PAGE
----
64. Pennant, for example, talked about ‘the rage for raising rents’ as cattle prices rose and how ‘the great men begin at the wrong end’, Pennant T., A Tour in Scotland 1769, 4th edition (London, 1776), p. 228. Again speaking of the conditions as he found them in the 1760s, Dr Johnson said that landowners had raised rents ‘with too much eagerness’ in response to cattle prices, Johnson S., A Journey to the Western Islands of Scotland, ed. Lascelles M. (New Haven, 1971 edition), pp. 81 and 94 Adam Smith too, commented on the link between the increase in rents and cattle prices over the 1750s and 60s, Smith A., An Enquiry into the Nature and Causes of the Wealth of Nations, ed. Cannan E., 5th edition (London, 1970) vol. 1, p. 222. The increases though were not sustainable. Many Highland and Hebridean tenants suffered acutely when poor seasons and falling markets in the 1770s left them with rent liabilities that were beyond their means. Indeed, the way they were squeezed between falling prices and high rents has been seen as a strong contributory factor to the wave of emigration from the region over the 1770s, see Richards E., A History of the Highland Clearances. Agrarian Transformation and the Evictions 1746–1886 (London, 1982), pp. 141–145.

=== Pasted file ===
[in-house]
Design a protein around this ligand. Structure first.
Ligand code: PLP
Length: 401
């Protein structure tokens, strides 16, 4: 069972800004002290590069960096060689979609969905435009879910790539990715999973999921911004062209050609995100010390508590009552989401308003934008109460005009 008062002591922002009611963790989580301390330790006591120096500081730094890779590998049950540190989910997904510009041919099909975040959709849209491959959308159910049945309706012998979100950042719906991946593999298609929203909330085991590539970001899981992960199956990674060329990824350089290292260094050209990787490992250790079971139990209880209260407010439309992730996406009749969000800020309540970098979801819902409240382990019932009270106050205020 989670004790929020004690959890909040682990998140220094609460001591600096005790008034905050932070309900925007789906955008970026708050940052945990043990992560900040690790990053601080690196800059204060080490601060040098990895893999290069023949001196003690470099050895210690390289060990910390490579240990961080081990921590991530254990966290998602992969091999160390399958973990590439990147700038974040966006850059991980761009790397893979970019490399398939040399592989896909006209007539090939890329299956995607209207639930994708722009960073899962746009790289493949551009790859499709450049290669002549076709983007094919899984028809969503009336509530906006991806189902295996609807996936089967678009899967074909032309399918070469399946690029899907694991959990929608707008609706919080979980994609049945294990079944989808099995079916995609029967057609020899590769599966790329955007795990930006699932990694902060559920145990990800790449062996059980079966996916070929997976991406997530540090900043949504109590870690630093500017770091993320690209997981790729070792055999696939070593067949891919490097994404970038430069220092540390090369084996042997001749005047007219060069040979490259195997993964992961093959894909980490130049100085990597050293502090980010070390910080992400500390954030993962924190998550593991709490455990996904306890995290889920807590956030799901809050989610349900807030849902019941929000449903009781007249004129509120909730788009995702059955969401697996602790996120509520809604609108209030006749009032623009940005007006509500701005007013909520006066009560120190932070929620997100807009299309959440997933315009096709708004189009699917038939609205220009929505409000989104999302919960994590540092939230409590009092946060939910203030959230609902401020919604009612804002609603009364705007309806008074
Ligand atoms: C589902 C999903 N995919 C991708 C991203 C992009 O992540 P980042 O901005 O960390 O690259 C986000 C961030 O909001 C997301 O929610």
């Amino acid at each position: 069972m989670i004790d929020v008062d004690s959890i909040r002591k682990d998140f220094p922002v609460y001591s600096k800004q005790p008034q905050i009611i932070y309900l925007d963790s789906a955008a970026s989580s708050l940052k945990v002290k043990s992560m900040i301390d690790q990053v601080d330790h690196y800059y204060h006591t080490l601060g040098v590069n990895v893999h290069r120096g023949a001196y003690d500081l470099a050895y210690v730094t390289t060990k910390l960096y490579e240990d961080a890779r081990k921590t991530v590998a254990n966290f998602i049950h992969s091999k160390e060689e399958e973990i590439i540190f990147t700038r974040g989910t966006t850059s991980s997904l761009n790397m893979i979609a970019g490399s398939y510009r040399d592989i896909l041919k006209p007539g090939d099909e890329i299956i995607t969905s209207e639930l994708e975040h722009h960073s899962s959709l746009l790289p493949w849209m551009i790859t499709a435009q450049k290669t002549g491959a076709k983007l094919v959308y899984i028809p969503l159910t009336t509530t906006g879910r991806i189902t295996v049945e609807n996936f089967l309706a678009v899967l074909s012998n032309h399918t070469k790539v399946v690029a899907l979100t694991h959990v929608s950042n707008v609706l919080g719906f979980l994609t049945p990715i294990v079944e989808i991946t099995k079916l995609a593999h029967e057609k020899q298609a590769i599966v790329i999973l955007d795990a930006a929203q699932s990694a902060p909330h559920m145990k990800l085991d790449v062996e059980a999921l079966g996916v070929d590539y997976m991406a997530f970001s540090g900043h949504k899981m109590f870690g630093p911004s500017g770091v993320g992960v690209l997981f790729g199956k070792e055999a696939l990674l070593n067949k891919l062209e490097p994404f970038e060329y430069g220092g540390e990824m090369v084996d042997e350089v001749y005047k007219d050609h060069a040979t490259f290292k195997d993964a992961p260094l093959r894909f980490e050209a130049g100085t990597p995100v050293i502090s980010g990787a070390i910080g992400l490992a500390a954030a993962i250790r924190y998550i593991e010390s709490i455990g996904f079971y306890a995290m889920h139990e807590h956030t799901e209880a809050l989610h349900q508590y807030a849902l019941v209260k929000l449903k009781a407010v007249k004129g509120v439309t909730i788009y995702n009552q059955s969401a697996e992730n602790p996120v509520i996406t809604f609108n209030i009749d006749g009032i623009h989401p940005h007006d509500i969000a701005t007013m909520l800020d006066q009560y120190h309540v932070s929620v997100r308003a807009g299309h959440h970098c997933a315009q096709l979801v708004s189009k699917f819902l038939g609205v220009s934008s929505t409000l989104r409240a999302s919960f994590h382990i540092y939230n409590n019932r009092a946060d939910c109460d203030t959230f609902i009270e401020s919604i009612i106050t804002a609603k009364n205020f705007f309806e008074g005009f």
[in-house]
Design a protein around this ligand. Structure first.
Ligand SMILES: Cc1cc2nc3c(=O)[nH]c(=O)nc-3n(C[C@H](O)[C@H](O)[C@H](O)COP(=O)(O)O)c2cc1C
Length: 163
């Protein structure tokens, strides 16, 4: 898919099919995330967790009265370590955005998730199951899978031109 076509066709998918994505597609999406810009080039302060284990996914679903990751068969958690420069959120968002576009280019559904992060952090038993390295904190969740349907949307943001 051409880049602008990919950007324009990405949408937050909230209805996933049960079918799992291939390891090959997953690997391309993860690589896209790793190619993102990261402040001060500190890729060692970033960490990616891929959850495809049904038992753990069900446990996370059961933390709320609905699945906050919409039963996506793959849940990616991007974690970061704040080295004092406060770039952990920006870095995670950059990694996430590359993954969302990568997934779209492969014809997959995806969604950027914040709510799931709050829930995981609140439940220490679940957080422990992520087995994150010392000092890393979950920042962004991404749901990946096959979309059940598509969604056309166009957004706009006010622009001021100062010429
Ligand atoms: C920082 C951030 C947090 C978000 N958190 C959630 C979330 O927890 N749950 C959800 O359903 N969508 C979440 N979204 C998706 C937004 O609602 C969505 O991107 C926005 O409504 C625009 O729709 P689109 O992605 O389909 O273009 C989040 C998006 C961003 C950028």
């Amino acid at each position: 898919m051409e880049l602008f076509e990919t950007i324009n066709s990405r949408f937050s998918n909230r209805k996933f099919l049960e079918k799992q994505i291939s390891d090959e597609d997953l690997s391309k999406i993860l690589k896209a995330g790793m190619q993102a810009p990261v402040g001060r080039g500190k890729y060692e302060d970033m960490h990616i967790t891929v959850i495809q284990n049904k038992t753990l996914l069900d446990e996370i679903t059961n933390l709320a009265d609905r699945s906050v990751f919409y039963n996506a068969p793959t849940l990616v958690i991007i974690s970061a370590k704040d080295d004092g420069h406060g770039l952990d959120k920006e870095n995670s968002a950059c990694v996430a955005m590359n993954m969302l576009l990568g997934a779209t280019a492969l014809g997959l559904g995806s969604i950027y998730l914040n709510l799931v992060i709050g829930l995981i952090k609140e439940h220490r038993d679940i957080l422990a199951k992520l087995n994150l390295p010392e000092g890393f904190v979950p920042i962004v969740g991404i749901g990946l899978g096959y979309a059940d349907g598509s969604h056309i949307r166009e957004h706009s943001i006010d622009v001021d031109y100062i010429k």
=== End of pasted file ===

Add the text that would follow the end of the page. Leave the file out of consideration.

65. SRO, Breadalbane Muniments, GD112/12/1/2/36–7, Information requested by Mr. Telford regarding the Population, farming, etc, in the country of Breadalbane, 1803.
66. Ibid., GDI 12/12/1/5, Letter by Sir John Campbell 28th Dec 1795 to Earl.
67. Richards E., A History of the Highland Clearances: Agrarian Transformation and the Evictions 1746–1886 (London, 1982).
68. Macdonald J., ‘On the Agriculture of the County of Caithness’, Transactions of the Highland and Agricultural Society of Scotland, vol. vii (1875), 250.
69. If we use tenant numbers as a measure of township size, and take a sample from the decades before any reductions for sheep had affected the region, townships in the north generally carried more tenants than estates in the south of the Highlands. For example, in Perthshire, tenant numbers in townships occupied by multiple tenants in the East End of Lochtayside in 1736 averaged 3.78 and in Glenlochay, 3, whilst those in Kildonan (Sutherland) in 1724 averaged 5.41. Differences of this order were fairly typical between estates in the northern and southern Highlands. However, the greatest differences in tenant numbers were between townships in the Hebrides and those on the mainland. On North and South Uist, for instance, multiple tenant townships averaged 7.8 and 10.1 respectively in 1718. See SRO, Breadalbane Muniments, GDI 12/9/43, Rentall of the Estate of Breadalbane, 1736 NLS, Sutherland Papers, DEP313/2133 Sutherland Estate Rental 1724; Forfeited Estates, E656/1 Judicial! Rental of North Uist 1718; Clanranald Papers, GD201/1257/5 Rental of Clanranalds estate in South Uist.